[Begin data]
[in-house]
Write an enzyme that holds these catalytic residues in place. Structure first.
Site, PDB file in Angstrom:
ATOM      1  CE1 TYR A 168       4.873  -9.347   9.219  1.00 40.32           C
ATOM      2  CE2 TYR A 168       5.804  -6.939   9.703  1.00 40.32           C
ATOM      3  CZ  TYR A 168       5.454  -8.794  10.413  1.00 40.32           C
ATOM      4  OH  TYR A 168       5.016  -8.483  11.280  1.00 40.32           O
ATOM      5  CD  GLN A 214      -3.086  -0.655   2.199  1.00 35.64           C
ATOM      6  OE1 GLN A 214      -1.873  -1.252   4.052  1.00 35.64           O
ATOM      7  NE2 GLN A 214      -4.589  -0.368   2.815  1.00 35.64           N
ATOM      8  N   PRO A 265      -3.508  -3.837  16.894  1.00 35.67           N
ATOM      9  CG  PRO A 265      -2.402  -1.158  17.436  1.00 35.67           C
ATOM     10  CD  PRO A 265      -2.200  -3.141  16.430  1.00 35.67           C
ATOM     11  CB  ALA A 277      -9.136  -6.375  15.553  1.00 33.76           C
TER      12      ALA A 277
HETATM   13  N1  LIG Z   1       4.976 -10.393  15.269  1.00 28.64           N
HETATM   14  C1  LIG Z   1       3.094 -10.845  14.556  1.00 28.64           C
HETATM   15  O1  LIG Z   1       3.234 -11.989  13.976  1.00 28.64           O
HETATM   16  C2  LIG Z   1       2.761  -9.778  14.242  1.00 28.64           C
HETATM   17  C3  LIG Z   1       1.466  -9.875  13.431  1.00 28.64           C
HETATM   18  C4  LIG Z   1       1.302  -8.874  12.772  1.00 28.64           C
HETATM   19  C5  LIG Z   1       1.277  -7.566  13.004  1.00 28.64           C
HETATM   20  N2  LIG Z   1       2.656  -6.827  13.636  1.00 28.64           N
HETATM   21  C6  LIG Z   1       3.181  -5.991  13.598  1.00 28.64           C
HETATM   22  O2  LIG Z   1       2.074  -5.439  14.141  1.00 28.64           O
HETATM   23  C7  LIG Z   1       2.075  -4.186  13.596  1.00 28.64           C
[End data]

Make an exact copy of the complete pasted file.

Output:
[in-house]
Write an enzyme that holds these catalytic residues in place. Structure first.
Site, PDB file in Angstrom:
ATOM      1  CE1 TYR A 168       4.873  -9.347   9.219  1.00 40.32           C
ATOM      2  CE2 TYR A 168       5.804  -6.939   9.703  1.00 40.32           C
ATOM      3  CZ  TYR A 168       5.454  -8.794  10.413  1.00 40.32           C
ATOM      4  OH  TYR A 168       5.016  -8.483  11.280  1.00 40.32           O
ATOM      5  CD  GLN A 214      -3.086  -0.655   2.199  1.00 35.64           C
ATOM      6  OE1 GLN A 214      -1.873  -1.252   4.052  1.00 35.64           O
ATOM      7  NE2 GLN A 214      -4.589  -0.368   2.815  1.00 35.64           N
ATOM      8  N   PRO A 265      -3.508  -3.837  16.894  1.00 35.67           N
ATOM      9  CG  PRO A 265      -2.402  -1.158  17.436  1.00 35.67           C
ATOM     10  CD  PRO A 265      -2.200  -3.141  16.430  1.00 35.67           C
ATOM     11  CB  ALA A 277      -9.136  -6.375  15.553  1.00 33.76           C
TER      12      ALA A 277
HETATM   13  N1  LIG Z   1       4.976 -10.393  15.269  1.00 28.64           N
HETATM   14  C1  LIG Z   1       3.094 -10.845  14.556  1.00 28.64           C
HETATM   15  O1  LIG Z   1       3.234 -11.989  13.976  1.00 28.64           O
HETATM   16  C2  LIG Z   1       2.761  -9.778  14.242  1.00 28.64           C
HETATM   17  C3  LIG Z   1       1.466  -9.875  13.431  1.00 28.64           C
HETATM   18  C4  LIG Z   1       1.302  -8.874  12.772  1.00 28.64           C
HETATM   19  C5  LIG Z   1       1.277  -7.566  13.004  1.00 28.64           C
HETATM   20  N2  LIG Z   1       2.656  -6.827  13.636  1.00 28.64           N
HETATM   21  C6  LIG Z   1       3.181  -5.991  13.598  1.00 28.64           C
HETATM   22  O2  LIG Z   1       2.074  -5.439  14.141  1.00 28.64           O
HETATM   23  C7  LIG Z   1       2.075  -4.186  13.596  1.00 28.64           C